Early in 2017, Virgin Holidays had a strong case for wanting an app. Various pieces of research suggested clear opportunities to enhance customers’ holiday experience with the offline capabilities of a native app and that actually, customers already expected one. But the cost of engaging an agency to design and build an app from scratch—not to mention maintaining it going forward—gave the team cause for pause.
A new touchpoint
With their new app, Virgin Holidays have an important new channel that opens the door to improve customer experience in ways they couldn’t before. The app has gone down well with customers so far and Virgin Holidays will be aiming to empower them more with future developments.
Designing with the future in mind means the basic MVP capability and extensible design is a great base for new features.
By designing and building the app in-house, the team has fostered the new skills and workflows that let them own the app’s destiny. They are free to build new features and respond to quick changes in a more cost-effective way than ongoing agency relationships.
The Full Story
How do you strike the right balance between in house resources and agency input?
So you want an app? I guess you’ll need to talk to various agencies to find the one that really gets your business, has a track record of delivering apps of the right quality and that can work to your budget and timescale. Then you’ll need to commit your time and resource to design and launch version 1 with your agency. Then you’ll need to continue that commitment indefinitely to keep on top of bug fixes, device changes and if you’re lucky, new features. Ah. It’s starting to sound expensive.
When exploring the agency option, it’s only natural to ask, “Could we build it here, ourselves?” Virgin Holidays has a capable digital team including a growing design function. On the tech side, the team is well established with agile processes, continuous delivery and team-by-team autonomy in choosing frameworks and setting the code agenda. But… The stack is all front-end web technologies. There are no native iOS or Android developers or QA. The specialist expertise and sheer effort required to design, deliver and maintain an app should rule out the in-house route but for Virgin Holidays’ abundant optimism and can-do ethos. Still, enthusiasm alone never launched an app. The team had to give careful thought to what the app needed to be, if it was even possible to bring all the work in-house and if so, how to go about it.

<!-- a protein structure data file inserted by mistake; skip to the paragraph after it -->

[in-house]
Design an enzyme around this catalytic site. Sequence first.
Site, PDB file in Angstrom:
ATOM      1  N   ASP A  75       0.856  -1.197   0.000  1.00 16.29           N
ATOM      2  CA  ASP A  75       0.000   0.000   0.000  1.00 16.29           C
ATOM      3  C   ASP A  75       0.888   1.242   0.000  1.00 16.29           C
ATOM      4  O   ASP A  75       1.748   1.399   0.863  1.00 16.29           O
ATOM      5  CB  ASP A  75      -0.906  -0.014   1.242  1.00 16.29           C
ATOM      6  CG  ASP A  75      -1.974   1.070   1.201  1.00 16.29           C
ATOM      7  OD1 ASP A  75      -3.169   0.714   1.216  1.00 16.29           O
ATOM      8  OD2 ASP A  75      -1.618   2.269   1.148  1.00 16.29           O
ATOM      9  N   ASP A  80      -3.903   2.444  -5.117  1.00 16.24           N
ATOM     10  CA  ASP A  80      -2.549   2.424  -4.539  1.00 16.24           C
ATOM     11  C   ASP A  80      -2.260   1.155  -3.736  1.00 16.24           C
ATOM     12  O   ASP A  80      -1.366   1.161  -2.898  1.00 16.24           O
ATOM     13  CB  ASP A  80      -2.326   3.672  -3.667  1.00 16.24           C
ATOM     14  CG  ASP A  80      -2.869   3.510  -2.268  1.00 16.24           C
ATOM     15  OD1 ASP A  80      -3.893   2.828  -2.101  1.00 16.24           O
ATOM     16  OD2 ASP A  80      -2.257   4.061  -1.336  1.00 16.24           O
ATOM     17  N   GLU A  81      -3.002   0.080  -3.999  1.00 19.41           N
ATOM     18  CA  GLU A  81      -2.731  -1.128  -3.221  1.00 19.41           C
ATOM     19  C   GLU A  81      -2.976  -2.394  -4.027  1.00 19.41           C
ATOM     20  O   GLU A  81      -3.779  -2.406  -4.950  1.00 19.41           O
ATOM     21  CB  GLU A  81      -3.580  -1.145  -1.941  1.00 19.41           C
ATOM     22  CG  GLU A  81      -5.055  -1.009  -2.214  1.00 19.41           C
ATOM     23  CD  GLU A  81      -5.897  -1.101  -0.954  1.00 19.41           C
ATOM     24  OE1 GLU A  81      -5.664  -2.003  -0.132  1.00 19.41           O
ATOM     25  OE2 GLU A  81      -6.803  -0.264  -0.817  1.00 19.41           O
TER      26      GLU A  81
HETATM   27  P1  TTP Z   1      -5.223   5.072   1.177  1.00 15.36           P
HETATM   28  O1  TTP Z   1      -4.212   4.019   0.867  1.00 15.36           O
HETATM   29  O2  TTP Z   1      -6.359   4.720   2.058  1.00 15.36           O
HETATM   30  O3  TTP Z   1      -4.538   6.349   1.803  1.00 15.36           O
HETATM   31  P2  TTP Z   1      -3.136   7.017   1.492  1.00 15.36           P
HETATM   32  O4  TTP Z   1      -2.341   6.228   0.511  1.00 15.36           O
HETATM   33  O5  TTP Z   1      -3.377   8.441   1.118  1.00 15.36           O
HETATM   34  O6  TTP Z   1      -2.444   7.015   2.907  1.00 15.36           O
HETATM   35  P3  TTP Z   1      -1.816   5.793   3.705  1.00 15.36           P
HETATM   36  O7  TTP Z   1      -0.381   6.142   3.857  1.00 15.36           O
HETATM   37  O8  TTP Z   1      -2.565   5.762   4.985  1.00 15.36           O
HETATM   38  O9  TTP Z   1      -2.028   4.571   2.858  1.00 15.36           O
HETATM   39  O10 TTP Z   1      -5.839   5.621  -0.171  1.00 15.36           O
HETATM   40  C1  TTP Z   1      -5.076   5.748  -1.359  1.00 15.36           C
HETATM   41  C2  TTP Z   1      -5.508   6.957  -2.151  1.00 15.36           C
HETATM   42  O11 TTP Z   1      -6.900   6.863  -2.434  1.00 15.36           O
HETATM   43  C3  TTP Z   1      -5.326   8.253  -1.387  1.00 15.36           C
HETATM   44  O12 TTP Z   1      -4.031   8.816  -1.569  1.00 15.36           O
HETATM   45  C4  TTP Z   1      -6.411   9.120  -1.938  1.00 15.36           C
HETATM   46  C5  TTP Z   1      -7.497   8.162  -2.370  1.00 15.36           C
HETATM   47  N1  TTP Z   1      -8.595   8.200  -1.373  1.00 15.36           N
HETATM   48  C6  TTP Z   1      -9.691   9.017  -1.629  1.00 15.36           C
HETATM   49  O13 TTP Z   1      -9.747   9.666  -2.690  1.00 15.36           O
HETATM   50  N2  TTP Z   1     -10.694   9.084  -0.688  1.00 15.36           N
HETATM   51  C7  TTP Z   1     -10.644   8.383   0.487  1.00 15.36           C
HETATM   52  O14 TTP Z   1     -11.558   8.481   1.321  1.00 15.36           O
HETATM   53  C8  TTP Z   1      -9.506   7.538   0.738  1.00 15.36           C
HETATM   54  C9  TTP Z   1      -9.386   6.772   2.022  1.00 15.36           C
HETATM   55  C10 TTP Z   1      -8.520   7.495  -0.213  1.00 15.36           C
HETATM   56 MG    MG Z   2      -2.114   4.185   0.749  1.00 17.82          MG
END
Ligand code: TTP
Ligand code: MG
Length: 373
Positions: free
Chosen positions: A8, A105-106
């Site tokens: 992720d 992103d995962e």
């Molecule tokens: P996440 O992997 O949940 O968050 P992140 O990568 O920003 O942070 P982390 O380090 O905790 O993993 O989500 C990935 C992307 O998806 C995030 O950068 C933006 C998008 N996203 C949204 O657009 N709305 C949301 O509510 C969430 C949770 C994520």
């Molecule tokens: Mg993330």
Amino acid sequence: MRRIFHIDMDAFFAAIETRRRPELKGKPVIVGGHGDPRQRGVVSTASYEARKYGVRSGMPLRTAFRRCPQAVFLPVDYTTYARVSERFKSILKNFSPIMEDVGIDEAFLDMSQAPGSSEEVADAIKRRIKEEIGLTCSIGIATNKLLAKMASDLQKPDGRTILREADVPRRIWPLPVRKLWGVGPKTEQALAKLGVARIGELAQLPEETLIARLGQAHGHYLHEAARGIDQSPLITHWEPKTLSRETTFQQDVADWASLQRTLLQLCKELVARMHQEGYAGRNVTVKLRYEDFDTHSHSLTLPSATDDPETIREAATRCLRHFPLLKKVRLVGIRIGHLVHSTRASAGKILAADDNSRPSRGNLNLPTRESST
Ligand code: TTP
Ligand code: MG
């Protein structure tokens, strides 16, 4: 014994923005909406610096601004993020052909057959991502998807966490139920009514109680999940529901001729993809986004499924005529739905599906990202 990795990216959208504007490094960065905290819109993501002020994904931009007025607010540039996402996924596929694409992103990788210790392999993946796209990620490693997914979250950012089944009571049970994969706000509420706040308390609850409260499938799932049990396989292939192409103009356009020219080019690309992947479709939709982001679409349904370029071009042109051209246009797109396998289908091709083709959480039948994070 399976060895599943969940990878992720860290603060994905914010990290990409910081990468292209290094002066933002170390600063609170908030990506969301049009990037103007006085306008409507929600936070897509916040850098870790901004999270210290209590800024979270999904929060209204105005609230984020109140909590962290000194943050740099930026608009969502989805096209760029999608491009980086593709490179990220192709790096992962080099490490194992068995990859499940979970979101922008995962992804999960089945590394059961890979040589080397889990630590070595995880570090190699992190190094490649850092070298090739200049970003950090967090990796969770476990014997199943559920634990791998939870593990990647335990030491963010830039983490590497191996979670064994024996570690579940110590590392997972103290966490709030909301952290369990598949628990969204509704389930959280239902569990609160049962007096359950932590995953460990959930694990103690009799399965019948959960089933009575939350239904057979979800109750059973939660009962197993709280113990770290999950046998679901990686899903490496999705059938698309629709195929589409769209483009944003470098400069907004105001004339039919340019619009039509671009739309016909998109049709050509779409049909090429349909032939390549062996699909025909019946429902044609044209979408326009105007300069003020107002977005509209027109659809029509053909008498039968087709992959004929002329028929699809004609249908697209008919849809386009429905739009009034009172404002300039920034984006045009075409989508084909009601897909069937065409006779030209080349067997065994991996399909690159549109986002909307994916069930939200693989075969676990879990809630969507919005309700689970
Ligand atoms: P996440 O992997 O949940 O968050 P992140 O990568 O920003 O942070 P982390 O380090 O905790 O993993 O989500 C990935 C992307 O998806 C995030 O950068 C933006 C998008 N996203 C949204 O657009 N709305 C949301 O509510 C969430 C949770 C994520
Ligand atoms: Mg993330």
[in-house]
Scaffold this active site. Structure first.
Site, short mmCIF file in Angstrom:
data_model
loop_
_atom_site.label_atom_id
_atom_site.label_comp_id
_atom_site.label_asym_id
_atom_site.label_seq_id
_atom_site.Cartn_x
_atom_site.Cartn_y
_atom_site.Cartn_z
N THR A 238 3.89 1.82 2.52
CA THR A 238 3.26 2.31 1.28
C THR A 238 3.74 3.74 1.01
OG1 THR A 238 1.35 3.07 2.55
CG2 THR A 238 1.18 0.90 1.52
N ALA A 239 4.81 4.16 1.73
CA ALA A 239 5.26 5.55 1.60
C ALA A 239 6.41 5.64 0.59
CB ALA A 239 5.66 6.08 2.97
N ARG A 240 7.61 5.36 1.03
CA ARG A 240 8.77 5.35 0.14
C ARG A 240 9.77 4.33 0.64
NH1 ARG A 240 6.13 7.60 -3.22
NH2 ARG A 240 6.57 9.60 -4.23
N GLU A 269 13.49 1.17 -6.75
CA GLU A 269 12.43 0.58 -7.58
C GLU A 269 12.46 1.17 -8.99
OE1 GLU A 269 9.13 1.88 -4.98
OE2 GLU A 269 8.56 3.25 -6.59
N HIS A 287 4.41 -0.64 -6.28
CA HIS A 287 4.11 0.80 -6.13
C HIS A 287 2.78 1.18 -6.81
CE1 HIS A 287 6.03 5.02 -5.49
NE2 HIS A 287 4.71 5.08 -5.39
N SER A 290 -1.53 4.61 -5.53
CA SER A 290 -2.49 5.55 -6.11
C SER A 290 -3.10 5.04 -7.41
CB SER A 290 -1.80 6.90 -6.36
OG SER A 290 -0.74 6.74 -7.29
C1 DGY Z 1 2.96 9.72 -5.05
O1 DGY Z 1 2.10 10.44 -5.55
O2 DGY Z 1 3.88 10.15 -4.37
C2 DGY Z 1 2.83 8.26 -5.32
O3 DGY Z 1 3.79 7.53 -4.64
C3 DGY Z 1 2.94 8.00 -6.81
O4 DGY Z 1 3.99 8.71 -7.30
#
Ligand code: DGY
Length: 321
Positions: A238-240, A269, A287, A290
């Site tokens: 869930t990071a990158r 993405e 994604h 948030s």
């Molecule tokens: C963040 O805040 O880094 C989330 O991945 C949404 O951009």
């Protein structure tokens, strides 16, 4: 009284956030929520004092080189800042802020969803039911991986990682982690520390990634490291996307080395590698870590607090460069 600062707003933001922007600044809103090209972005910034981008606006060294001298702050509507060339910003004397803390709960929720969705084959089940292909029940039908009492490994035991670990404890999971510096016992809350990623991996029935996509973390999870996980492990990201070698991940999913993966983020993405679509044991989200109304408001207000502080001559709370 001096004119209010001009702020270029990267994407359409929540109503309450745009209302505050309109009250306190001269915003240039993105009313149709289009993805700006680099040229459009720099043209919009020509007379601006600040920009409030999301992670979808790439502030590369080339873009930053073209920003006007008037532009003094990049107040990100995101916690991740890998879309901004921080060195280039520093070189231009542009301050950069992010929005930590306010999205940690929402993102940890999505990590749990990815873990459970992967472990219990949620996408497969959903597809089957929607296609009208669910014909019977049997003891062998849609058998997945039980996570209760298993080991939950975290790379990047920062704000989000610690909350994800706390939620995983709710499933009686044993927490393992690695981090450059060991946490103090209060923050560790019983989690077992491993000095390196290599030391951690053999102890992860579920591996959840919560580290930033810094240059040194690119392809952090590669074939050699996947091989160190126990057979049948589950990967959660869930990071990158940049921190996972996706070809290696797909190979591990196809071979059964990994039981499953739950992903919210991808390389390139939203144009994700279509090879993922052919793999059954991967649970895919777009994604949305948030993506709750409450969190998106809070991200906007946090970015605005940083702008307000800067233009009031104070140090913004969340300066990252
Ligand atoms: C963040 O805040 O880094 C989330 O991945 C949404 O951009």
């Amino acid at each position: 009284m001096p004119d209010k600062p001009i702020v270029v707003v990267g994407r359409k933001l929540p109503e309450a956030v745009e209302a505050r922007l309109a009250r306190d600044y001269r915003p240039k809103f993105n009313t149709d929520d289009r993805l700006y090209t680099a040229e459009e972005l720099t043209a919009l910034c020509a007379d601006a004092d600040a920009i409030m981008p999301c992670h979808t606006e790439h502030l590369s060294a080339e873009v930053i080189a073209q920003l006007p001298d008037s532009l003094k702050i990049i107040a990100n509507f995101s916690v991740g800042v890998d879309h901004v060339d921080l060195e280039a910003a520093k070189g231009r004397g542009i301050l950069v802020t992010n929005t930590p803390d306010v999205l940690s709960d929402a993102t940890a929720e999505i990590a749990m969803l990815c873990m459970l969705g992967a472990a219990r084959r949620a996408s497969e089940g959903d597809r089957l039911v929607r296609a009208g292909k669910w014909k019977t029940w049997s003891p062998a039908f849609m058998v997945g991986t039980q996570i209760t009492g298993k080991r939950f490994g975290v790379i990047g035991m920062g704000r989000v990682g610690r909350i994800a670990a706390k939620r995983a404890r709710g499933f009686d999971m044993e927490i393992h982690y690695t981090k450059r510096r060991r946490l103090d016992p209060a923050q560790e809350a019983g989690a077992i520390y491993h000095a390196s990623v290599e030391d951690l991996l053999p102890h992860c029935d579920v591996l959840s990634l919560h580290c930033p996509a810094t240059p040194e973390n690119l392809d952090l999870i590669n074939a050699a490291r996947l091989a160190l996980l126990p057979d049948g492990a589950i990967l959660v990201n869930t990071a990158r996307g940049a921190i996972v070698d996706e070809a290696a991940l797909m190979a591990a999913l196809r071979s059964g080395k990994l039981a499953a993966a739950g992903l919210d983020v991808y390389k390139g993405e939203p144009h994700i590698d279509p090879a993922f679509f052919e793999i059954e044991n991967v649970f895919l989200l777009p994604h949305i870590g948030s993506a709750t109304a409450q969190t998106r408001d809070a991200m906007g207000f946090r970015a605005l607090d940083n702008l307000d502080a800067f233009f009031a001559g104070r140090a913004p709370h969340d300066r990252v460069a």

Making it happen
With a view that a hybrid app would be the most efficient route to market, we began exploring how to build it. We wanted to manage as much of the design, build and QA in house as possible so that those skills could stay in the building for the ongoing fixes and development but knew we’d benefit from some experienced hands. Our tech lead spoke with a few specialist agencies before engaging Buckhill to build a simple hybrid proof-of-concept. The concept proved the hybrid framework could support our needs and we put the plan in place for Buckhill to support us through to launch.
An (almost) blank canvas
In designing the app we had the opportunity to define what it should be. The business case included a lot of ideas for potential features but first we took a step back to ask ‘What do our customers want and need and how can we offer that in ways we don’t already?’. By mapping customer pain points against the booking lifecycle, we could find the best candidates for including in an MVP. In parallel we ran workshops with key business stakeholders to sketch ideas and score suggested capabilities by impact to customer and ease of delivery.
All this informed our first round of testing with users. Through another round of sketching we produced a set of hypothetical app concepts each focused on serving holidaymakers with limited and specific functions. We then interviewed real customers about the propositions to find what features they found the most valuable. By the time we picked up Sketch to start designing the MVP, we could be reasonably confident we were working towards a product that would serve customers and the business needs well.
It’s going to take longer than you think